IMF: As Recession Worsens, World Economy Will Shrink This Year

Associated Press + More

JEANNINE AVERSA


AP Economics Writer WASHINGTON (AP) — The global economy is likely to shrink this year for the first time since World War II.

The International Monetary Fund projected the 1.3 percent drop in a dour forecast released Wednesday. That could leave at least 10 million more people around the world jobless, some private economists said.

"By any measure, this downturn represents by far the deepest global recession since the Great Depression," the IMF said in its latest World Economic Outlook. "All corners of the globe are being affected."

The new forecast of a decline in global economic activity for 2009 is much weaker than the 0.5 percent growth the IMF had estimated in January.

Big factors in the gloomier outlook: It's expected to take longer than previously thought to stabilize world financial markets and get credit flowing freely again to consumers and businesses. Doing so will be necessary to lift the U.S., and the global economy, out of recession.

The report comes in advance of Friday's meetings between the United States and other major economic powers, and weekend sessions of the IMF and World Bank. The talks will seek to flesh out the commitments made at a G-20 leaders summit in London last month, when President Barack Obama and the others pledged to boost financial support for the IMF and other international lending institutions by $1.1 trillion.

The IMF's outlook for the U.S. is bleaker than for the world as a whole: It predicts the U.S. economy will shrink 2.8 percent this year. That would mark the biggest such decline since 1946.

Among the major industrialized nations studied, Japan is expected to suffer the sharpest contraction this year: 6.2 percent. Russia's economy would shrink 6 percent, Germany 5.6 percent and Britain 4.1 percent. Mexico's economic activity would contract 3.7 percent and Canada's 2.5 percent.

Global powerhouse China, meanwhile, is expected to see its growth slow to 6.5 percent this year. India's growth is likely to slow to 4.5 percent.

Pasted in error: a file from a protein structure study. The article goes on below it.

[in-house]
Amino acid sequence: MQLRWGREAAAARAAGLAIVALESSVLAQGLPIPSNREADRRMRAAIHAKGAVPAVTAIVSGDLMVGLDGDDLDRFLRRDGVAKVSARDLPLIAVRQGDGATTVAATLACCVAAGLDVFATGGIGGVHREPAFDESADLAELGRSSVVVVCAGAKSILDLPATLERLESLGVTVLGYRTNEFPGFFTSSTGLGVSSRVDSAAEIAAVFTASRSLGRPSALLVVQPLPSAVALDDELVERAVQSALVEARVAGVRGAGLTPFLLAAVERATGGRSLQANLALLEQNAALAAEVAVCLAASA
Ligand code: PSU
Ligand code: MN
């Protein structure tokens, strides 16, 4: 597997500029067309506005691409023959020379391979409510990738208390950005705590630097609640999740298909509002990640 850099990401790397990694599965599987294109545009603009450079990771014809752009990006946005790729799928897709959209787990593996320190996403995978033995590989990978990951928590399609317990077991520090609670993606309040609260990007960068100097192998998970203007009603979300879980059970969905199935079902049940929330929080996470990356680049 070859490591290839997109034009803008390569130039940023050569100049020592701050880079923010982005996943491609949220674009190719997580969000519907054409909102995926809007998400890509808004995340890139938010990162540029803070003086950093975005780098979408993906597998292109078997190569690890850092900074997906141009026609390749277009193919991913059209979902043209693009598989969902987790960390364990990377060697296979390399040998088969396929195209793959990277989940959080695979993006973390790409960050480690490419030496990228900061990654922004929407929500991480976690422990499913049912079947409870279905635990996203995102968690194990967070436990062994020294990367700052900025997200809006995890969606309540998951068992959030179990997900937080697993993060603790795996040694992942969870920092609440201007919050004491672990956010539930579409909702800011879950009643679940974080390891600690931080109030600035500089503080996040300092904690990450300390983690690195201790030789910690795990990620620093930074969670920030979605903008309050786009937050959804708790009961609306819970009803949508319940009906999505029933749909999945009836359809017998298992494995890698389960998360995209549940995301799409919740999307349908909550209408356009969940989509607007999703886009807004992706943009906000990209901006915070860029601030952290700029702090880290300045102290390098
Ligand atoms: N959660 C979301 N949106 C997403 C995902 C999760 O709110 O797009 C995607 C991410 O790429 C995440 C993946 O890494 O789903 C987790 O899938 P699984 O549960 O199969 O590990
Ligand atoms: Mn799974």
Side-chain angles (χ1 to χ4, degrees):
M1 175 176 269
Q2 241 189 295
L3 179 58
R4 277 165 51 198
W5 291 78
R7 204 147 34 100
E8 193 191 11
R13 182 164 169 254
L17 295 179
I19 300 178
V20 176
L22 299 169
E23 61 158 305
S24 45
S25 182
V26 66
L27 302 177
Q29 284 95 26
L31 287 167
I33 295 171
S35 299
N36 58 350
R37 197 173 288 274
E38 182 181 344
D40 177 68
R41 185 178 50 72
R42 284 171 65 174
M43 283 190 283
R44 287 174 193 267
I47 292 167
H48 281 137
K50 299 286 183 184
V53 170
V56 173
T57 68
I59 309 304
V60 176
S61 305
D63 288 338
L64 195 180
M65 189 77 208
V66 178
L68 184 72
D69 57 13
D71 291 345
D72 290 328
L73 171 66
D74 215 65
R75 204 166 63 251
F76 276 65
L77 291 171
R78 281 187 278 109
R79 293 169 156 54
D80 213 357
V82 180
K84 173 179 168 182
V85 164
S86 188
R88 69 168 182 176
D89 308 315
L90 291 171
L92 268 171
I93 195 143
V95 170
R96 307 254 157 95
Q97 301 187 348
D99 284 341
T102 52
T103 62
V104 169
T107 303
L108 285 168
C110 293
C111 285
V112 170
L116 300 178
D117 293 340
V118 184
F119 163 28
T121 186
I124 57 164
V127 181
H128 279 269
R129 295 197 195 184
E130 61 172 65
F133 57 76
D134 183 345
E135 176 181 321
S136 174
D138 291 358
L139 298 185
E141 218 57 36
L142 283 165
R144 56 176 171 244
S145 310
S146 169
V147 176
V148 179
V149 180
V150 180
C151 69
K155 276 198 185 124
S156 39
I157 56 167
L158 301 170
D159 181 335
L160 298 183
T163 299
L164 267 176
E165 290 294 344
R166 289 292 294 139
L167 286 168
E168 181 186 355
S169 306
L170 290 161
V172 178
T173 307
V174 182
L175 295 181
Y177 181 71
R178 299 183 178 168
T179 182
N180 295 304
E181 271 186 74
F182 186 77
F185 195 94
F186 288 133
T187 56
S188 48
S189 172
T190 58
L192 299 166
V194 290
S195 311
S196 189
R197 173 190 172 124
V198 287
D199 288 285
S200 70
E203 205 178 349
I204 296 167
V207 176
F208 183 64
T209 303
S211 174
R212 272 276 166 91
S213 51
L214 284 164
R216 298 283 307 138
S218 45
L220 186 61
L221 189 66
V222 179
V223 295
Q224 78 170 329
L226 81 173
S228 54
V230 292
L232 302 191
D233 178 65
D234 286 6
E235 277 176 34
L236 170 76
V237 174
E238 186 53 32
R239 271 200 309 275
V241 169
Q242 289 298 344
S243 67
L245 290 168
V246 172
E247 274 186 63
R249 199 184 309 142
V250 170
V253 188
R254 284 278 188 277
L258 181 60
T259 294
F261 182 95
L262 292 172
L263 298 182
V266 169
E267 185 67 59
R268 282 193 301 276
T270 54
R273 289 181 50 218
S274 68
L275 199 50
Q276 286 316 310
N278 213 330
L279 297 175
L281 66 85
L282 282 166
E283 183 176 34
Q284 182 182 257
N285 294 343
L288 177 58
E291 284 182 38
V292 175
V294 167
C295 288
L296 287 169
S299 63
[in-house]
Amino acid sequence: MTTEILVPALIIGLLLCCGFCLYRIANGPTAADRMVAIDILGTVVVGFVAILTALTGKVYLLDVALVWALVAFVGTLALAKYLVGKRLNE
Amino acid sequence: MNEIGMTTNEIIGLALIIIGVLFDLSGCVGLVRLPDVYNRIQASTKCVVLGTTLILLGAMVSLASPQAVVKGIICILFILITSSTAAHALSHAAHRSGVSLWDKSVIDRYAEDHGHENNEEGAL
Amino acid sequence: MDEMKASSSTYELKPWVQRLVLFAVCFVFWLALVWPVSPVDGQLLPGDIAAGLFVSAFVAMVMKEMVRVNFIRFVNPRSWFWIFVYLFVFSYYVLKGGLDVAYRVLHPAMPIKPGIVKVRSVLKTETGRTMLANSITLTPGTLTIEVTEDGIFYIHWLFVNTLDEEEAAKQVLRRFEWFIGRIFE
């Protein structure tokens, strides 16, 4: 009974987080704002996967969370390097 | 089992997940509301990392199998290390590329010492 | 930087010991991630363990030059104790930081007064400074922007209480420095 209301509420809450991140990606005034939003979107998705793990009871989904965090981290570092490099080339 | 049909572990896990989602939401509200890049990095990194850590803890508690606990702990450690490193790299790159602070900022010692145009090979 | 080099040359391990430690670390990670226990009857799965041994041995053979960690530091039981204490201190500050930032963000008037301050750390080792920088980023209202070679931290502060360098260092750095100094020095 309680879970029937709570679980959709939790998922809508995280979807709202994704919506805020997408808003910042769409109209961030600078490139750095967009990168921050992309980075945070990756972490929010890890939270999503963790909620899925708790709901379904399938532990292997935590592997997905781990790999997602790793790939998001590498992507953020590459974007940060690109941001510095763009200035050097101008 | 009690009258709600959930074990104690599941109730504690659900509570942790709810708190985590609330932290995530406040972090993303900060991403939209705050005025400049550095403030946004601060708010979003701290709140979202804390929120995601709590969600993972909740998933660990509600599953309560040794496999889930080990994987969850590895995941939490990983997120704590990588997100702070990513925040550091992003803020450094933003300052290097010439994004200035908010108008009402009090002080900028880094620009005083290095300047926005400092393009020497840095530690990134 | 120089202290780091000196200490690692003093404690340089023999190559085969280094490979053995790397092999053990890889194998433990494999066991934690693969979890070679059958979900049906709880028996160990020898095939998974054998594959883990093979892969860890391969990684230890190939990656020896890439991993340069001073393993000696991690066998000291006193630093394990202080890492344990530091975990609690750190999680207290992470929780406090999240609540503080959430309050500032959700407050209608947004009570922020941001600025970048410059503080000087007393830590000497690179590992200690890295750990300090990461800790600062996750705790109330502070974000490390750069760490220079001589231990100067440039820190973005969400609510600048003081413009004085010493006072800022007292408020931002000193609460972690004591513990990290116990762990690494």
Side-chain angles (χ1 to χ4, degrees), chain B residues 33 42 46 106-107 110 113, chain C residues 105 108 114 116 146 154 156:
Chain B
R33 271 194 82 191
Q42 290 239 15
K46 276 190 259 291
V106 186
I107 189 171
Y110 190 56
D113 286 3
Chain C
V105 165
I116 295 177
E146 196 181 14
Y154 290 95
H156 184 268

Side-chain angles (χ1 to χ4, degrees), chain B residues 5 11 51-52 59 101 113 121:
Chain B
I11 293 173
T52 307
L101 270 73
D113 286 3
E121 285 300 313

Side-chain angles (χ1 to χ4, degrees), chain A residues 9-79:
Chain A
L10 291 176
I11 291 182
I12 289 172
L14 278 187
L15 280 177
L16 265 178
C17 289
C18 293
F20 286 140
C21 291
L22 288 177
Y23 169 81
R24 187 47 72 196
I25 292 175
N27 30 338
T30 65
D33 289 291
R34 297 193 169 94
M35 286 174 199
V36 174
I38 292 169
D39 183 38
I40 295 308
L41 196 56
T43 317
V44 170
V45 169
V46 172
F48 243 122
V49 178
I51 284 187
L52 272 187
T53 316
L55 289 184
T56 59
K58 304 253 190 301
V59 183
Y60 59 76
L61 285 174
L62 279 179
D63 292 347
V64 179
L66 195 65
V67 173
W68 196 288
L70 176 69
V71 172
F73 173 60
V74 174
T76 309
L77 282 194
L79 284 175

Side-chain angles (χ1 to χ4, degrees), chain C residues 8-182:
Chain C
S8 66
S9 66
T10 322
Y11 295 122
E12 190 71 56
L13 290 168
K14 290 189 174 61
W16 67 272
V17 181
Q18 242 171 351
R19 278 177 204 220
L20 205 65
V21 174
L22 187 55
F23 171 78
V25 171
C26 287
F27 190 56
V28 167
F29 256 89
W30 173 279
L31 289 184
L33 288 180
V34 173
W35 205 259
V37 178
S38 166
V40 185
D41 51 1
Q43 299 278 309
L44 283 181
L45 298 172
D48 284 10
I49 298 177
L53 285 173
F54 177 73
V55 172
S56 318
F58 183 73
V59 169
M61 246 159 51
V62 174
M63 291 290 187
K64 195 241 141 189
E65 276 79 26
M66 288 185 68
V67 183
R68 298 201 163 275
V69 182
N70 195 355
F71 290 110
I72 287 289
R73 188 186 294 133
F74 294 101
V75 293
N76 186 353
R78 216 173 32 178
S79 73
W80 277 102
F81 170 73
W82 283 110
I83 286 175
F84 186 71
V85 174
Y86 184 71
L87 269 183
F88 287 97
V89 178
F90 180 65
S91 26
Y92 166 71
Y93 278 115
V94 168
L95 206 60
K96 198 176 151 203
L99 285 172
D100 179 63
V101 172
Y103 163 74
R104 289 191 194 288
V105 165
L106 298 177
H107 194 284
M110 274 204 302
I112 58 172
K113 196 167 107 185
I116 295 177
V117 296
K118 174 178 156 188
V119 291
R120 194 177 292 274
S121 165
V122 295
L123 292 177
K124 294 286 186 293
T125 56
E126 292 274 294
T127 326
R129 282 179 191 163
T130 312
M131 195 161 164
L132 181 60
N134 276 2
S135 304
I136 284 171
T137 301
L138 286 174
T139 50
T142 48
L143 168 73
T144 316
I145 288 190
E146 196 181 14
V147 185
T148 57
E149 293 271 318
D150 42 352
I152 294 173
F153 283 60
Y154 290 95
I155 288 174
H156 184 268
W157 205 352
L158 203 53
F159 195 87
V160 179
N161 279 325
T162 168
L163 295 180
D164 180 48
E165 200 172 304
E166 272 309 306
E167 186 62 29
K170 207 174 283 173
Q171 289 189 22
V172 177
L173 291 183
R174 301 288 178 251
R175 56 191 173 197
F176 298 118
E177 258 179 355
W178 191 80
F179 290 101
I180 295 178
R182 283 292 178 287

All told, the lost output could be as high as $4 trillion this year alone, U.S. Treasury Secretary Timothy Geithner estimated.

Besides trillions in lost business, a sinking world economy means fewer trade opportunities and higher unemployment. It raises the odds more people will fall into poverty, go hungry or lose their homes. And while keeping a lid on interest rates and consumer prices, the global recession increases the risk of deflation, which would drag down prices and wages, making it harder for people to make payments on their debt.

The jobless rate in the United States is expected to average 8.9 percent this year and climb to 10.1 percent next year, the IMF said.

In Germany, the jobless rate is expected to average 9 percent this year and 10.8 percent next year. Britain's unemployment rate is projected to rise to 7.4 percent this year and to 9.2 percent next year.

Brian Bethune, economist at IHS Global Insight, estimates that at least 10 million jobs could be lost this year, mostly in the United States and Europe, because of sinking global economic activity.

He and other economists said the 1.3 percent projected decline would be the first in roughly 60 years. In a report issued in mid-March, the IMF predicted global activity would contract this year "for the first time in 60 years," though it didn't offer a precise estimate then.

Next year, the IMF predicts the world economy will grow again — but just 1.9 percent. It said this would be consistent with its findings that economic recoveries after financial crises "are significantly slower" than ordinary recoveries typically are.

All those factors tend to weigh against prospects "for a speedy turnaround," the IMF said.

In 2010, the IMF predicts the U.S. economy will be flat, neither shrinking nor growing. Germany's and Britain's economies, meanwhile, will shrink less — by 1 percent and 0.4 percent respectively — it estimates.

Others countries, such as Japan, Russia, Canada and Mexico are projected to grow again. And China and India should pick up speed.